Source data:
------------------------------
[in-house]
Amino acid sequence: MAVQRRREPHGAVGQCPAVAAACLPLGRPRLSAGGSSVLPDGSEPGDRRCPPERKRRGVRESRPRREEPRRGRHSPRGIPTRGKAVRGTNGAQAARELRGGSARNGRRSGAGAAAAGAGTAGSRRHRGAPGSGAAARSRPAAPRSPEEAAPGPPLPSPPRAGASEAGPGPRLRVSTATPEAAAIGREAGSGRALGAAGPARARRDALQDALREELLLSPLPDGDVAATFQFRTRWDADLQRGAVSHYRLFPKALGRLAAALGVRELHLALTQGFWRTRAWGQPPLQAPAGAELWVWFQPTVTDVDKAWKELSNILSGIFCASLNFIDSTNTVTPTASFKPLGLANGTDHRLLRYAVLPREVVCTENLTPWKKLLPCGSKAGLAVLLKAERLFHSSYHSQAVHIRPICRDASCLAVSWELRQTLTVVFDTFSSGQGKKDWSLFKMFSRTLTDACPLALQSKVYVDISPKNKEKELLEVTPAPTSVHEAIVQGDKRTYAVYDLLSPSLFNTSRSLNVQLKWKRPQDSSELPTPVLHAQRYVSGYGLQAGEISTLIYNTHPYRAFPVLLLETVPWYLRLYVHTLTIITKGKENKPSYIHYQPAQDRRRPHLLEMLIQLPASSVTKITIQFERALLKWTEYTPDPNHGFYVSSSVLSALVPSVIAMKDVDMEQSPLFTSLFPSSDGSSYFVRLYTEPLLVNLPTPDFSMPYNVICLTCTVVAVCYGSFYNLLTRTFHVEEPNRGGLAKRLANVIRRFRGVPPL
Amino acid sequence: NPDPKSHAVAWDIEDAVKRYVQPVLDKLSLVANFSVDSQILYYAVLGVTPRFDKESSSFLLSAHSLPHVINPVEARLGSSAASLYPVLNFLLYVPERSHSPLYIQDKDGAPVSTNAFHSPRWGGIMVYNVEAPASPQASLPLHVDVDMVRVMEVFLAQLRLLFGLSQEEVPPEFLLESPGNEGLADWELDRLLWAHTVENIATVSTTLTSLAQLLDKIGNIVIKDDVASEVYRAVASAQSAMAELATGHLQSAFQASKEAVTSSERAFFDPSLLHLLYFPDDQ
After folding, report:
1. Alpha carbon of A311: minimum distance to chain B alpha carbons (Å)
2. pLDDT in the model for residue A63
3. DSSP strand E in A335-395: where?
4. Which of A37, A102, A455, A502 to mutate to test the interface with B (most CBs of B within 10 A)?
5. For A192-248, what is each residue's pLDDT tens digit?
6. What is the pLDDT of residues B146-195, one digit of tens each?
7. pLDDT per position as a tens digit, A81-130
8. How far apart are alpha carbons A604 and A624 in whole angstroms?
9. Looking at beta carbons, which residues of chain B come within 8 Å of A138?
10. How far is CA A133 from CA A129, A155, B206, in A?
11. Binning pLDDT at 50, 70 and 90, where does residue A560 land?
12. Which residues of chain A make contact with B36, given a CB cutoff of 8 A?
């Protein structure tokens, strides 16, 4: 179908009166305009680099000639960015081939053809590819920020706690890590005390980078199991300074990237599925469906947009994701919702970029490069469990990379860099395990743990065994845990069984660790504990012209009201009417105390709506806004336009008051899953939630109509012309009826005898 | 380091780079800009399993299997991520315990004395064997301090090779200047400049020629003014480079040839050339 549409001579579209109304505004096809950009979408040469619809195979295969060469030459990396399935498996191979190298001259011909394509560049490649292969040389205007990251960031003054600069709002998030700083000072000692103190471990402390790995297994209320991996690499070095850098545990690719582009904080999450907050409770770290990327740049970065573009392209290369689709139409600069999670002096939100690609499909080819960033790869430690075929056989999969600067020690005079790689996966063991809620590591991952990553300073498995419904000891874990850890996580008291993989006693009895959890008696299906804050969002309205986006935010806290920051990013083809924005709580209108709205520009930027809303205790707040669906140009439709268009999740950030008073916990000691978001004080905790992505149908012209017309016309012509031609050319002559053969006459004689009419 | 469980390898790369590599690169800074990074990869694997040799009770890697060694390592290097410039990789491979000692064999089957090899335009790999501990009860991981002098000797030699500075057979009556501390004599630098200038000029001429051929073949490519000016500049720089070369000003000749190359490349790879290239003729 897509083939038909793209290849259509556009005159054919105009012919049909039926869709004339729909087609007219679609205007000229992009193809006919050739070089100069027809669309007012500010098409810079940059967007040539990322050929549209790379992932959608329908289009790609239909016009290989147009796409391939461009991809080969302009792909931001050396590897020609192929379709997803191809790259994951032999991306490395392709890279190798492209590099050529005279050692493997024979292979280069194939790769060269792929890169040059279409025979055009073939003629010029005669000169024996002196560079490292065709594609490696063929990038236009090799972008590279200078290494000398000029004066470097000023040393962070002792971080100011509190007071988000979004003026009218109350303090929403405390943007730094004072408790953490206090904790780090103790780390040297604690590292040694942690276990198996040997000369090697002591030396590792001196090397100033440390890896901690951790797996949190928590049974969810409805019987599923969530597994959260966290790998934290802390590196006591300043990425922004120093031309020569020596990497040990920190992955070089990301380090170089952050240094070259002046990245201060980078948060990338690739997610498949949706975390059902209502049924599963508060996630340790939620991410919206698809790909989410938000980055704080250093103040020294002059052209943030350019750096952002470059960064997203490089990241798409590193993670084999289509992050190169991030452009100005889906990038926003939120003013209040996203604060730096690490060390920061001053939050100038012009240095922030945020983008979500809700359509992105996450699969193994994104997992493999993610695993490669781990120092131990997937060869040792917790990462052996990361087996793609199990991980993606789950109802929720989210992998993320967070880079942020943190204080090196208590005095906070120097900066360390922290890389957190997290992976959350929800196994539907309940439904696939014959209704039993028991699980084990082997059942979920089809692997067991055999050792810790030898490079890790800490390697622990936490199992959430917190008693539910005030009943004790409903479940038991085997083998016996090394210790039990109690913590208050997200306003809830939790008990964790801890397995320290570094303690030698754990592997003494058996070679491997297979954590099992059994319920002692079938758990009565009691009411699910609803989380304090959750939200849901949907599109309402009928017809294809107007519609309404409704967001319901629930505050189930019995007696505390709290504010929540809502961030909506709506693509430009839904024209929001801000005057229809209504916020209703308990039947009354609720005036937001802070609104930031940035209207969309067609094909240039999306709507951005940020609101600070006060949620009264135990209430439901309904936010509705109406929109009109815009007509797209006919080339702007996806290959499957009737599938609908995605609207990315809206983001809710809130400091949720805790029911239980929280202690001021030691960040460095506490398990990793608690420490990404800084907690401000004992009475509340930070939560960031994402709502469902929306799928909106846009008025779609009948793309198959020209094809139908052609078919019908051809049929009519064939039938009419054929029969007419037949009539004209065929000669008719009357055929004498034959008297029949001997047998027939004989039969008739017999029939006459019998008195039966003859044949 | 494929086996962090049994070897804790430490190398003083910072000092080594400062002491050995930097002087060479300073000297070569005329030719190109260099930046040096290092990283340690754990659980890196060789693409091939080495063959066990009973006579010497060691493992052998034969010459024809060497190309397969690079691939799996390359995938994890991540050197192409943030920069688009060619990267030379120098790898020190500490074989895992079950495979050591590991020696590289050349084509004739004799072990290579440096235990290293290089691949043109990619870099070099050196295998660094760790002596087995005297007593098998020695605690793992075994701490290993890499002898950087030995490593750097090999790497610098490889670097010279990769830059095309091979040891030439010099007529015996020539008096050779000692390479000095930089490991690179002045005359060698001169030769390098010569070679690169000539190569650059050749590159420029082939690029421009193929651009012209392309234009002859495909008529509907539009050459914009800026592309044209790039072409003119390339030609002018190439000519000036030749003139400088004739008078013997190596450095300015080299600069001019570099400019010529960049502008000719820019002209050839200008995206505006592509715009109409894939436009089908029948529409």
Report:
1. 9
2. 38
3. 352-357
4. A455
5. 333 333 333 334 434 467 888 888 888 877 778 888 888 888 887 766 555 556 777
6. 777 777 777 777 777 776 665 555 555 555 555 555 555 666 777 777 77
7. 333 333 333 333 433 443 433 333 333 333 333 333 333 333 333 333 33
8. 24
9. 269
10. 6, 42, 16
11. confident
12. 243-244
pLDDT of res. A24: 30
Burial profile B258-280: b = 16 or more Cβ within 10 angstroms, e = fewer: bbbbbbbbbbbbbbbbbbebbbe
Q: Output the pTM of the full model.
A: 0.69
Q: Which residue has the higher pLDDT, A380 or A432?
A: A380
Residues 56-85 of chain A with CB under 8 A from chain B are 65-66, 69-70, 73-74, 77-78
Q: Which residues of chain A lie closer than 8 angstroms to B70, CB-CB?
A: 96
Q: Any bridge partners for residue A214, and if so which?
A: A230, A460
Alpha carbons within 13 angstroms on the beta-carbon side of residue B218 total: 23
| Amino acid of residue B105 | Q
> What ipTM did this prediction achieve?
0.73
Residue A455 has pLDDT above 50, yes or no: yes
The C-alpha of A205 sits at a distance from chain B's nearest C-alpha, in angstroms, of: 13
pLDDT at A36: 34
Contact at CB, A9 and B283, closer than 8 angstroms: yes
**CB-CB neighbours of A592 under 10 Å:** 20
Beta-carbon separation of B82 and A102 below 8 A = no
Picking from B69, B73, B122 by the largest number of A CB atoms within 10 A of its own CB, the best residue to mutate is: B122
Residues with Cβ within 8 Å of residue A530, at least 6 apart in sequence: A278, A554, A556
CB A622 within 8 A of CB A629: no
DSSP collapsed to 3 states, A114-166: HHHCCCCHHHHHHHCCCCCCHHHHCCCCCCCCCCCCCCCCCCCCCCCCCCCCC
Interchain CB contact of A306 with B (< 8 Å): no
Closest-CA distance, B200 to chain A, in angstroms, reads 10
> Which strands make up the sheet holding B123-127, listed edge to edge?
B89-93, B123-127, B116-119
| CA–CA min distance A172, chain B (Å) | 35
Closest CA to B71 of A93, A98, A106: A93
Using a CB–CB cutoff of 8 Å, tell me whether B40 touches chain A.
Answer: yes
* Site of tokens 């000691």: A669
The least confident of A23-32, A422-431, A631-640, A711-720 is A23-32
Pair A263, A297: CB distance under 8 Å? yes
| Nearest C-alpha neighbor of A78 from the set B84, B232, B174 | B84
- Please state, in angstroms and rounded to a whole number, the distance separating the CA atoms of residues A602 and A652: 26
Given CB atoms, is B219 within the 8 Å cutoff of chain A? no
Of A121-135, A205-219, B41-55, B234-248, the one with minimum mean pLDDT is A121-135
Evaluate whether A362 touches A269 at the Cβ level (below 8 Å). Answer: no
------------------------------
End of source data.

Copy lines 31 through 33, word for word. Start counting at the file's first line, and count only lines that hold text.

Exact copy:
pLDDT of res. A24: 30
Burial profile B258-280: b = 16 or more Cβ within 10 angstroms, e = fewer: bbbbbbbbbbbbbbbbbbebbbe
Q: Output the pTM of the full model.